“No. I wasn’t comfortable waiting for a CT with as unstable as the patient’s pressure was,” Benton answered coolly. Carter paused his scrubbing, waiting to hear if his mentor was about to be reprimanded for this decision, but Dr. Hicks simply nodded.

“Hence the need for an emergency ex-lap,” she concurred. “Mr. Carter, what kind of injuries should we be looking for based on the ultrasound findings?”

Caught off-guard by the question, Carter’s mind began to race, trying to remember which organs were located in the left upper quadrant. “Um… something involving the spleen?”

To his relief, Hicks gave another nod. “A splenic laceration is the most likely cause of blood in the upper left quadrant, but it’s not the only possibility. We’ll also need to carefully examine the left kidney, along with the diaphragm, bowel, bladder, and surrounding anatomy, as blood from an isolated injury to one of those areas tends to collect in the upper left quadrant.”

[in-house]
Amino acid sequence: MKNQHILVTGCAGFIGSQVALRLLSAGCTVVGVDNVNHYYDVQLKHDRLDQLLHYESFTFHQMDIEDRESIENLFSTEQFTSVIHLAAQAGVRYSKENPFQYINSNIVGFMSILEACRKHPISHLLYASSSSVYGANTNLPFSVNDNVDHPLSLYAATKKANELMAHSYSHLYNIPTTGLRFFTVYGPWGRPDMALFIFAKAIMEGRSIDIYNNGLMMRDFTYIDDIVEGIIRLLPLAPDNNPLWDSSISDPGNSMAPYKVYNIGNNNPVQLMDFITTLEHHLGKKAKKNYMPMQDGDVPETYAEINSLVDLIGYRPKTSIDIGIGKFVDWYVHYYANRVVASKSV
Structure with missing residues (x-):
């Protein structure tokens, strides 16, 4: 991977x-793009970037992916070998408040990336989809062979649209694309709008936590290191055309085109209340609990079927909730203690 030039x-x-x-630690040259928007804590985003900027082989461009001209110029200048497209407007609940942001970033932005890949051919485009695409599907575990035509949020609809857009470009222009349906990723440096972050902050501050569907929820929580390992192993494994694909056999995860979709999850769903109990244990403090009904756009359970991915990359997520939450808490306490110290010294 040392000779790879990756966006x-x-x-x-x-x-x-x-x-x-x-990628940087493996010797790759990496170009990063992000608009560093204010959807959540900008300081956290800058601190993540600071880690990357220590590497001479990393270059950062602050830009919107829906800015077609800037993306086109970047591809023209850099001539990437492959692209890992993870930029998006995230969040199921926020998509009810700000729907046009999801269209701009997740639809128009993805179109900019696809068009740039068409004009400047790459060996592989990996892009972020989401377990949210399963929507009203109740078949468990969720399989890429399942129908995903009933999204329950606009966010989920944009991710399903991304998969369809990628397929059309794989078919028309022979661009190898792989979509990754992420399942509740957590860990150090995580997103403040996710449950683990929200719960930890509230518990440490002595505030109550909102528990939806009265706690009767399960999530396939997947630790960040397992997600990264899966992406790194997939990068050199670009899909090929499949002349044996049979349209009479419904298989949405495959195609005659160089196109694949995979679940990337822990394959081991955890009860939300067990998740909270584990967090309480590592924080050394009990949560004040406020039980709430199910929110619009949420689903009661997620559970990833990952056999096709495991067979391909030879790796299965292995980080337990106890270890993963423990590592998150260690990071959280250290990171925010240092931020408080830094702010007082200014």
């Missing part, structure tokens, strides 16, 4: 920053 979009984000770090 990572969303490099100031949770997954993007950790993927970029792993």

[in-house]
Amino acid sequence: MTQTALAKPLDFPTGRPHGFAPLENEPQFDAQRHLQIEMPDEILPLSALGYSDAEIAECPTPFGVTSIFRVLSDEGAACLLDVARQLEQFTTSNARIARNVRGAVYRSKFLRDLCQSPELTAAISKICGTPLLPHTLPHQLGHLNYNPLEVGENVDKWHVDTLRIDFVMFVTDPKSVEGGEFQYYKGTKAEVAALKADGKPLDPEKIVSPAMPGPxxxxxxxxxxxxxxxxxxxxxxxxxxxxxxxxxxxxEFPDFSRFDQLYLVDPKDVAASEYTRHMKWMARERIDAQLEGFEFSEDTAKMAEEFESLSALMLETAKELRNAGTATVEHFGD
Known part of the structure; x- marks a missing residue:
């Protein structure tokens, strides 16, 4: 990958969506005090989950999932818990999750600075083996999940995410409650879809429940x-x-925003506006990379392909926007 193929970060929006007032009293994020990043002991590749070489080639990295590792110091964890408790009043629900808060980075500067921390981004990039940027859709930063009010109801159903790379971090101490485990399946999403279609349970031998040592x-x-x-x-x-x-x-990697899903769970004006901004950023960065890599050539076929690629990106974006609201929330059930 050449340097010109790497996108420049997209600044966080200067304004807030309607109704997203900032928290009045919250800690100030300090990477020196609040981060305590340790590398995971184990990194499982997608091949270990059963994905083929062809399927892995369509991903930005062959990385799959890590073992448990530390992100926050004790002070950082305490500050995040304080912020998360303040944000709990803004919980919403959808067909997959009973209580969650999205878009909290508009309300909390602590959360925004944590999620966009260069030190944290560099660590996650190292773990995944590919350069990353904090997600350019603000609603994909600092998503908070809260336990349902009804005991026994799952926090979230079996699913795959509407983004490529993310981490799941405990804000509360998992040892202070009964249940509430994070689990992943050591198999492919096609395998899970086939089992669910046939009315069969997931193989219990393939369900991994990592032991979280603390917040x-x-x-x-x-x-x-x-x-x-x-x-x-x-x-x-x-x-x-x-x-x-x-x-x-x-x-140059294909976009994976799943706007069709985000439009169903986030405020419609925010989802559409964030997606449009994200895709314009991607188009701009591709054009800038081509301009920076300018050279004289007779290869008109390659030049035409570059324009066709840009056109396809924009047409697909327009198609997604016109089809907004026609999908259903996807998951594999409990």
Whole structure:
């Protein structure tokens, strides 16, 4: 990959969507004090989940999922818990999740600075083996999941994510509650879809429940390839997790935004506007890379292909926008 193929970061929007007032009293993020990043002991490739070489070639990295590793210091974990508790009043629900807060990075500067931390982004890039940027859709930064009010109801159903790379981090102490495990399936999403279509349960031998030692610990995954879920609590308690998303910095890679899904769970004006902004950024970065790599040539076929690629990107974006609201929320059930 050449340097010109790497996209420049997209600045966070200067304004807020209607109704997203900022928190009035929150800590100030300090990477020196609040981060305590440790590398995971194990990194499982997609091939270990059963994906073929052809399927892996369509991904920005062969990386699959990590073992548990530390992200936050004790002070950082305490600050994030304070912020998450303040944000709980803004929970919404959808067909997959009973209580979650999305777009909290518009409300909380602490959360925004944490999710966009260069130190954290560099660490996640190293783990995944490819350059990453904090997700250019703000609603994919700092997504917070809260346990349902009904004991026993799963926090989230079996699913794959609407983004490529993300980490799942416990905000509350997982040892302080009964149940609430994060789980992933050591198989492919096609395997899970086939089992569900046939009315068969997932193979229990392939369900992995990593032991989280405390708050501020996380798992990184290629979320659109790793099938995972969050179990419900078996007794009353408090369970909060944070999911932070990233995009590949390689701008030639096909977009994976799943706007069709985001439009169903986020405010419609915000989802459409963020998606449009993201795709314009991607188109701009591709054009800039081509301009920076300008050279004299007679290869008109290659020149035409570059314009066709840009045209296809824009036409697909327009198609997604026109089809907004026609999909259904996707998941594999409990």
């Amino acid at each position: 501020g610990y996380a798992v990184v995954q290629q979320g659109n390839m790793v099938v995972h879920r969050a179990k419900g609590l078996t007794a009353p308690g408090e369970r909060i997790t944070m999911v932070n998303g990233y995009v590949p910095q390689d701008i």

“Sounds like a plan,” said Carter, trying to sound confident as he continued to scrub. Based on his previous experiences in the OR, he would probably be doing more observing than actual assisting, but if he continued on the surgical path, there would come a day when he had to know all this stuff himself. It was a lot to remember.

When he was fully gowned up and sterile, he followed Hicks and Benton into the operating room, where their patient was prepped, but still awake.

“Hi, Nick,” Carter said when he saw that the boy’s blue eyes were open. He smiled automatically before he remembered he was wearing a surgical mask over his mouth and nose.